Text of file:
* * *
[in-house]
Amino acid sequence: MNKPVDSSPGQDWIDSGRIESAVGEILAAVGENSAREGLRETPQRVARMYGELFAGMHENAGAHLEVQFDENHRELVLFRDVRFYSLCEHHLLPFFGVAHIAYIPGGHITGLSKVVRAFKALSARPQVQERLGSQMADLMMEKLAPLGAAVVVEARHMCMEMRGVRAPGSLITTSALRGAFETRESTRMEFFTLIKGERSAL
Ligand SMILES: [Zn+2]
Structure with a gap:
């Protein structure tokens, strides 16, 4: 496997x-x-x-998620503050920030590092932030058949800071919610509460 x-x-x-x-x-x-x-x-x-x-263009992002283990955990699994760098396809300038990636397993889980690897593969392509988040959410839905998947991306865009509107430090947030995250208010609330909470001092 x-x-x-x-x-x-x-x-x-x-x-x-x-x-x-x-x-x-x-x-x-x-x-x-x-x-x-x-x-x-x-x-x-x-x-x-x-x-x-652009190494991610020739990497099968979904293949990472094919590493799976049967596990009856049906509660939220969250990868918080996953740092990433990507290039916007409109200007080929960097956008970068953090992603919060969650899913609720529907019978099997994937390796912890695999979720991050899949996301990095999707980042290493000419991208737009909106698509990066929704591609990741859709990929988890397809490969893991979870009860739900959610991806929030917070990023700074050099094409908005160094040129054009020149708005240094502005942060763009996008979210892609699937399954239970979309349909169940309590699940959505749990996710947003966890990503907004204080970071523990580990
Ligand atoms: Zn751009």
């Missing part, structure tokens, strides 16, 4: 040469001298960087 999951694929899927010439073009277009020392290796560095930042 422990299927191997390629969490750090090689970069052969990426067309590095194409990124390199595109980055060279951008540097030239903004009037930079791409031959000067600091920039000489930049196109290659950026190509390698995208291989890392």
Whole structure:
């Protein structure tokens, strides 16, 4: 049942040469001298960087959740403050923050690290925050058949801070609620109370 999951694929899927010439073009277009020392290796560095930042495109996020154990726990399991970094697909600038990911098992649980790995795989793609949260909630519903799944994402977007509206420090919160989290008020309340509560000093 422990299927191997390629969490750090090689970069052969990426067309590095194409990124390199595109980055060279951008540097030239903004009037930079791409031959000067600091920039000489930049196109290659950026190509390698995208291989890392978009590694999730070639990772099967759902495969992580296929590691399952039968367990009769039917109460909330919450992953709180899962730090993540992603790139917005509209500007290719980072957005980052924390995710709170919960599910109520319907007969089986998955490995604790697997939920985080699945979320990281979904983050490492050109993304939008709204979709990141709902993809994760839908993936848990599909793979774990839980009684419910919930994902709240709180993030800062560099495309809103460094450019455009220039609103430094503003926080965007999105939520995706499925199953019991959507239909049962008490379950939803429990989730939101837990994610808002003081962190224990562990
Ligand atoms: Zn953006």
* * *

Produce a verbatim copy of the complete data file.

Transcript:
[in-house]
Amino acid sequence: MNKPVDSSPGQDWIDSGRIESAVGEILAAVGENSAREGLRETPQRVARMYGELFAGMHENAGAHLEVQFDENHRELVLFRDVRFYSLCEHHLLPFFGVAHIAYIPGGHITGLSKVVRAFKALSARPQVQERLGSQMADLMMEKLAPLGAAVVVEARHMCMEMRGVRAPGSLITTSALRGAFETRESTRMEFFTLIKGERSAL
Ligand SMILES: [Zn+2]
Structure with a gap:
């Protein structure tokens, strides 16, 4: 496997x-x-x-998620503050920030590092932030058949800071919610509460 x-x-x-x-x-x-x-x-x-x-263009992002283990955990699994760098396809300038990636397993889980690897593969392509988040959410839905998947991306865009509107430090947030995250208010609330909470001092 x-x-x-x-x-x-x-x-x-x-x-x-x-x-x-x-x-x-x-x-x-x-x-x-x-x-x-x-x-x-x-x-x-x-x-x-x-x-x-652009190494991610020739990497099968979904293949990472094919590493799976049967596990009856049906509660939220969250990868918080996953740092990433990507290039916007409109200007080929960097956008970068953090992603919060969650899913609720529907019978099997994937390796912890695999979720991050899949996301990095999707980042290493000419991208737009909106698509990066929704591609990741859709990929988890397809490969893991979870009860739900959610991806929030917070990023700074050099094409908005160094040129054009020149708005240094502005942060763009996008979210892609699937399954239970979309349909169940309590699940959505749990996710947003966890990503907004204080970071523990580990
Ligand atoms: Zn751009």
């Missing part, structure tokens, strides 16, 4: 040469001298960087 999951694929899927010439073009277009020392290796560095930042 422990299927191997390629969490750090090689970069052969990426067309590095194409990124390199595109980055060279951008540097030239903004009037930079791409031959000067600091920039000489930049196109290659950026190509390698995208291989890392």
Whole structure:
């Protein structure tokens, strides 16, 4: 049942040469001298960087959740403050923050690290925050058949801070609620109370 999951694929899927010439073009277009020392290796560095930042495109996020154990726990399991970094697909600038990911098992649980790995795989793609949260909630519903799944994402977007509206420090919160989290008020309340509560000093 422990299927191997390629969490750090090689970069052969990426067309590095194409990124390199595109980055060279951008540097030239903004009037930079791409031959000067600091920039000489930049196109290659950026190509390698995208291989890392978009590694999730070639990772099967759902495969992580296929590691399952039968367990009769039917109460909330919450992953709180899962730090993540992603790139917005509209500007290719980072957005980052924390995710709170919960599910109520319907007969089986998955490995604790697997939920985080699945979320990281979904983050490492050109993304939008709204979709990141709902993809994760839908993936848990599909793979774990839980009684419910919930994902709240709180993030800062560099495309809103460094450019455009220039609103430094503003926080965007999105939520995706499925199953019991959507239909049962008490379950939803429990989730939101837990994610808002003081962190224990562990
Ligand atoms: Zn953006």